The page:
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Product: Book - Hardcover
Title: Introduction to Algorithms, Second Edition
Publisher: The MIT Press
Authors: Thomas H. Cormen, Charles E. Leiserson, Ronald L. Rivest, Clifford Stein
Rating: 2/5
Customer opinion - 2 stars out of 5
Too much coverage and few examples


I am a MS student, we used this book as Text Guide. Thank God I pass although I just got a B in part due to the poor coverage of exercises of this book. Despite of my willingness to try the examples and exercises it was really frustating not be able to check any of my answers.
First of all the book tries to cover all the possible topics related to Algorithms from sorting to NP-completeness problems. My recommendation, focus on what you know well and cover it thouroughly or at least split this book in 2 volumes.
Second, the anoying way to explain things by leaving them as exercises.
Third, the exercises were not in any way helpful to reinforce the material covered in the chapter, on the contrary are just the introduction of new concepts; and on top of that no answers available. In some cases the answers are not even related to the chapter you are reviewing, just an example, the solution for some of the problems in NP chapter are the application of Dynamic Programming which is a different chapter in the book.

If you have the unfortune of using this book, search on the net for answers that may guide you on your homework assignments.

Best of the luck.



Product: Book - Paperback
Title: Network Intrusion Detection (3rd Edition)
Publisher: Sams
Authors: Stephen Northcutt, Judy Novak
Rating: 5/5
Customer opinion - 5 stars out of 5
Readable, intelligent, down-to-earth.


Network Intrusion Detection is rare among technical books - it's comprehensive, accurate, interesting, and intelligent; it's got none of the "filler" chapters which seem to be prevalent in the genre. It's well worth the relatively small investment of time and money required to read and understand it.
The author has "been there, done that" which gives him a perspective unavailable to professional technical authors who write about Java one month, CORBA the next, will be assigned a firewall book next.
This book will be useful to people responsible for intrusion detection, people who manage them, and to people who need to understand attack techniques and the forensic tools needed to detect and document them. Highly recommended; it's in the same class as Cheswick & Bellovin's classic _Firewalls and Internet Security_.



Product: Book - Paperback
Title: Exploiting Software : How to Break Code
Publisher: Addison-Wesley Professional
Authors: Greg Hoglund, Gary McGraw
Rating: 4/5
Customer opinion - 4 stars out of 5
Worth a look.


"In some sense, a knowledgeable hardware hacker is one of the most powerful people in the world today." (p9)

This quote may be either alarming or inspiring, depending on your viewpoint. This ambiguity pervades the book, which also suffers from its uncertainty of purpose. As a review of the most common software exploits it succeeds, and is streets ahead of those cubical 'computer security' tomes. But the reader with some background in software engineering will be left hungry for greater detail. (This goes some way to explain the mixed reviews it has received.)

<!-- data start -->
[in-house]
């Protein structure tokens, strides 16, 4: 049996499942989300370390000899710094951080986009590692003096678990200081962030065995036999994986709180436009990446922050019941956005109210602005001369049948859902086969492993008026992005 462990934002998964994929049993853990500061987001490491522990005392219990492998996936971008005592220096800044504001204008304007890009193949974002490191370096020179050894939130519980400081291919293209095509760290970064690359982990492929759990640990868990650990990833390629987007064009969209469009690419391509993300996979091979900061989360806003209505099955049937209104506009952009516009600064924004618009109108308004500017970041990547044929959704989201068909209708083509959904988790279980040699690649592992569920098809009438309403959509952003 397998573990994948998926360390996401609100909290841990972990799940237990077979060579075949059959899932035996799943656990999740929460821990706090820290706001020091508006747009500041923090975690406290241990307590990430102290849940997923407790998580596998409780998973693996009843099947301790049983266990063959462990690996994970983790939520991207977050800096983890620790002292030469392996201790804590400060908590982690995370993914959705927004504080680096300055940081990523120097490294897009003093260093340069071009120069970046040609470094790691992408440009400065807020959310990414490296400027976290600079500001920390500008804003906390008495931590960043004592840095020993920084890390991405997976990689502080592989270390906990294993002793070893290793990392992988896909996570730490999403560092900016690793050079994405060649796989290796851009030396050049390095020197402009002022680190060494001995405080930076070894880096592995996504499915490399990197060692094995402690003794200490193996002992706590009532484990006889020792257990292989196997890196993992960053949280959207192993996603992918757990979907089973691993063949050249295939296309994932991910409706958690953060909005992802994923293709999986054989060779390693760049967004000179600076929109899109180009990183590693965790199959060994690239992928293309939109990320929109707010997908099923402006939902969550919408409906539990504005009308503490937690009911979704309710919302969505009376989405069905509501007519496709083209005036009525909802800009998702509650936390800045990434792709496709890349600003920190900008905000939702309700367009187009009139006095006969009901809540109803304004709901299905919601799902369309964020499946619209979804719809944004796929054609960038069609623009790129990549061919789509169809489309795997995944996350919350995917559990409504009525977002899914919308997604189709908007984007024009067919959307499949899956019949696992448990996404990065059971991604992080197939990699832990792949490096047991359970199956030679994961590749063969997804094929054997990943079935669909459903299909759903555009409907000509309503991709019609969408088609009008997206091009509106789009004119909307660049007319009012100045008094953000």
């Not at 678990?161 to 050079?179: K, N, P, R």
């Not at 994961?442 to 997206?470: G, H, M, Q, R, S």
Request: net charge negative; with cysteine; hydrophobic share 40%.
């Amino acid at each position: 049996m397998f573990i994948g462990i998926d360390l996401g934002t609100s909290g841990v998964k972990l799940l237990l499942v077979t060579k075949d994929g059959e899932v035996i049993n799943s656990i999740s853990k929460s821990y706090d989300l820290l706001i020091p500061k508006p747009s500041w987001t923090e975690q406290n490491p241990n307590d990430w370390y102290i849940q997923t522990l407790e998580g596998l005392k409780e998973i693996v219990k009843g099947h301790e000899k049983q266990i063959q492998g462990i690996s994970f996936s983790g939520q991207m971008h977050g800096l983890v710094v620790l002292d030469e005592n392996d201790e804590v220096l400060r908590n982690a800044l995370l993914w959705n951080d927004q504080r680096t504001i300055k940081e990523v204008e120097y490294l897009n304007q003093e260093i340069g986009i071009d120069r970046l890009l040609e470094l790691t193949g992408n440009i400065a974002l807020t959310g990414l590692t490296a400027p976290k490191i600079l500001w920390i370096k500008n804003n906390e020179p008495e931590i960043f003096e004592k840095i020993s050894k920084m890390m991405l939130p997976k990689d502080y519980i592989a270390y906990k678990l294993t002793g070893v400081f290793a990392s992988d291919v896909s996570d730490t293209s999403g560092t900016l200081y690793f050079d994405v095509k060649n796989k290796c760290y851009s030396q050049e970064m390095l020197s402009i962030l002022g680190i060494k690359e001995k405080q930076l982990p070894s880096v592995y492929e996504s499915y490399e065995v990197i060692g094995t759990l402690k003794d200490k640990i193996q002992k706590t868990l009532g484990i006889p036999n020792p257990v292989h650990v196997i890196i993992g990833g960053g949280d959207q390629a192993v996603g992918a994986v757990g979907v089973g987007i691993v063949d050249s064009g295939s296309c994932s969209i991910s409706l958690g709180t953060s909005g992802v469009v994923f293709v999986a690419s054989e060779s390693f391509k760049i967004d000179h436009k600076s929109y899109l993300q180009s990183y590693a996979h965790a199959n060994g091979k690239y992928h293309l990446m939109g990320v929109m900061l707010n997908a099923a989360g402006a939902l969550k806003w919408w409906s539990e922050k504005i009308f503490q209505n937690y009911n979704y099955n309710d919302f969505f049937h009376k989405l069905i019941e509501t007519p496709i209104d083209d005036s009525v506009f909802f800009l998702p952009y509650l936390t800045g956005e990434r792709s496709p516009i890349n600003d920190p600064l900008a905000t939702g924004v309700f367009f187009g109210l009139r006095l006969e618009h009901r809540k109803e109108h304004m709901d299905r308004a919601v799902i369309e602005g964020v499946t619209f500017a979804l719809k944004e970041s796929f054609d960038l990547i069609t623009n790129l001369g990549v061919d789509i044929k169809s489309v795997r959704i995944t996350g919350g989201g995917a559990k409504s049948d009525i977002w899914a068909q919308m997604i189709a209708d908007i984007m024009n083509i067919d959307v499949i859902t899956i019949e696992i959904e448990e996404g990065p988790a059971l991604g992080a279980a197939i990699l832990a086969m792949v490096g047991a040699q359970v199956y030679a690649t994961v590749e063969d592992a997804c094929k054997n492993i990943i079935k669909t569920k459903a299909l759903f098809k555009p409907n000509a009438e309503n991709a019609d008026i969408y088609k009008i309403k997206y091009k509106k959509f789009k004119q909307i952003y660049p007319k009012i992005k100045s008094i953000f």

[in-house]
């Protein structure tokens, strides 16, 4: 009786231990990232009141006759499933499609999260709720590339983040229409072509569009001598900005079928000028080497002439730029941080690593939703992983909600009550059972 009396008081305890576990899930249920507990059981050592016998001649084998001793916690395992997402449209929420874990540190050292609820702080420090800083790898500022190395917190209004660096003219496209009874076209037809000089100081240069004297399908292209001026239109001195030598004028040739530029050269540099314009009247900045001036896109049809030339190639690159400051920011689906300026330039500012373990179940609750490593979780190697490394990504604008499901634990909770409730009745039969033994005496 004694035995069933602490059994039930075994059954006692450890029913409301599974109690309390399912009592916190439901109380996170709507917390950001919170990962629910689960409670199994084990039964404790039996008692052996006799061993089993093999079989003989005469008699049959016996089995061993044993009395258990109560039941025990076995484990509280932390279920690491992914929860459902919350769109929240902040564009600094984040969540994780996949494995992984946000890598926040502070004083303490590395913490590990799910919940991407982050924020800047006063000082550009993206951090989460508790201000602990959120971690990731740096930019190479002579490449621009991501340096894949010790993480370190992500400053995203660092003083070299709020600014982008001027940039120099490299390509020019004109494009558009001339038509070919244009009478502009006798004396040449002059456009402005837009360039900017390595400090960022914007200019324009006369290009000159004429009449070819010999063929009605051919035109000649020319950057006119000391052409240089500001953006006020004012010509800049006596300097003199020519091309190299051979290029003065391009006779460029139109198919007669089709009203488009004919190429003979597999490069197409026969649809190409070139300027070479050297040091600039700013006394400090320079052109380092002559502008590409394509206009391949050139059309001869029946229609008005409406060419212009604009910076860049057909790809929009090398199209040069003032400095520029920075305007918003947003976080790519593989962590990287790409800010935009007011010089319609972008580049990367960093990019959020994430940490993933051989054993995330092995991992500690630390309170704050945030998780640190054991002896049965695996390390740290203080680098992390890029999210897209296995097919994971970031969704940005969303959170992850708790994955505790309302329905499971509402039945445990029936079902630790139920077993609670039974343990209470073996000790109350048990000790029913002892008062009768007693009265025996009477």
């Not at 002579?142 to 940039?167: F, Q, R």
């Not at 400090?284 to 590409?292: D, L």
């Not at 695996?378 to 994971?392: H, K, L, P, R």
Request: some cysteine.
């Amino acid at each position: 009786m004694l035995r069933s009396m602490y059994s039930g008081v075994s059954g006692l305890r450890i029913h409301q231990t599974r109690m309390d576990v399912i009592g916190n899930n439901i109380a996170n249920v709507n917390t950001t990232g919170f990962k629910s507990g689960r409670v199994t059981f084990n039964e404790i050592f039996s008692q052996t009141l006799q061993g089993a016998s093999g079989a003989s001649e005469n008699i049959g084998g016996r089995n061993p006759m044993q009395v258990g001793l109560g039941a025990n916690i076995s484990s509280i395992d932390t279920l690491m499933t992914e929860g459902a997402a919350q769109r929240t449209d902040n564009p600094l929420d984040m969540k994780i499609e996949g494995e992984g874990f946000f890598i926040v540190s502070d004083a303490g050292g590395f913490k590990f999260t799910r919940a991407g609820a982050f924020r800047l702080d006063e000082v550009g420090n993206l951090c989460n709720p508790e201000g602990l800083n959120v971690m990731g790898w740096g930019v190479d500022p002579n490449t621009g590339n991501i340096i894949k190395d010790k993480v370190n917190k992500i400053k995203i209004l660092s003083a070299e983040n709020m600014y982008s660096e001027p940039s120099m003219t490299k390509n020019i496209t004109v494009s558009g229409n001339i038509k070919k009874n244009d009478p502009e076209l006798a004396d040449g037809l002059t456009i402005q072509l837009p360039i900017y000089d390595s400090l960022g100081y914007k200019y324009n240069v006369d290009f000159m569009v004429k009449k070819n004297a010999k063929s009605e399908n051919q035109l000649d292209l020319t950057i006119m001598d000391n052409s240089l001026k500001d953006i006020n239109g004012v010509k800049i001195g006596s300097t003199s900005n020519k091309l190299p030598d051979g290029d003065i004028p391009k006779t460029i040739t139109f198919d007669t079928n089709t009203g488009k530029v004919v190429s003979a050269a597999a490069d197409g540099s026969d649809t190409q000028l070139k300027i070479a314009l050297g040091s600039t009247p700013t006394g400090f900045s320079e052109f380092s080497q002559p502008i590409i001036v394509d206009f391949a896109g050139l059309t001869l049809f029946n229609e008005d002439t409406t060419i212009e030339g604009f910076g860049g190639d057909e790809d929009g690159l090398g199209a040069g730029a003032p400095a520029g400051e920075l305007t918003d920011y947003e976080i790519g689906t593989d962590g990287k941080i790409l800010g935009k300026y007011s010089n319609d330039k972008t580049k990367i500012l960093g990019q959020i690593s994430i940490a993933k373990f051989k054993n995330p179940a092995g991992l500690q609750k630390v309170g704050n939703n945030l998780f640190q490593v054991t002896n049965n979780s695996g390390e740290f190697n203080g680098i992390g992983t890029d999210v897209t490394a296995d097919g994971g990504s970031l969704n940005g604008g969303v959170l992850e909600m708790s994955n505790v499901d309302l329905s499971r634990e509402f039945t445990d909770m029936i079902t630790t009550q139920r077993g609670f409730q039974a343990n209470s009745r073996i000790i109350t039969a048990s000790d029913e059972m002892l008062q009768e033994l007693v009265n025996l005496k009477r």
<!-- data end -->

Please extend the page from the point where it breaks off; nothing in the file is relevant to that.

Publishers often insist that an author of a technical work cut it back severely to fit the format that their marketing people believe will sell. This may have happened here and would explain the often disjointed nature of the narrative.

A book of this nature will, or course, provide some skills upgrading for the systems cracker as well as informing the system administrator, but that is unavoidable. "Security by obscurity" works quite well in some fields (military security, for example) but not on the Internet.

With all these shortcomings, it is still worth reading for the breadth of ideas you will be introduced to. The potential scale of software vulnerability will be revealed, and you will get a quick view of the most common exploits, with some in-depth reviews of buffer overflows and rootkits. Along the way you will review server and client vulnerabilities, how targets may be assessed and penetrated, and how reverse engineering is carried out.

Topics include:
attack patterns
tour of an exploit
how attacks are implimented
reverse engineering
fault injection
finding vulnerabilities
writng plugins for IDA and other cracking tools
exploiting server software
input path tracing
exploiting trust in systems
exploiting client software
in-band signals
cross-site scripting
crafting malicious input
audit poisoning
buffer overflows (in detail)
rootkits (in detail)

The book is not an in-depth training guide to these areas but provides some much needed background. Well worth the read.



Product: Book - Paperback
Title: Programming Pearls (2nd Edition)
Publisher: Addison-Wesley Professional
Authors: Jon Bentley
Rating: 5/5
Customer opinion - 5 stars out of 5
A Gem!


There are not many books on advanced computer programming that you actually want to read. Usually, the subject is so dry and full of theory that you have to force yourself. This book is the exception. Bentley's easy-to-read style makes this book a pleasure to read. His theoretical analysis is impeccable, but he presents complex topics in a chatty format that makes you remember the joy you felt the first time you wrote a program, and lets you know he still feels that way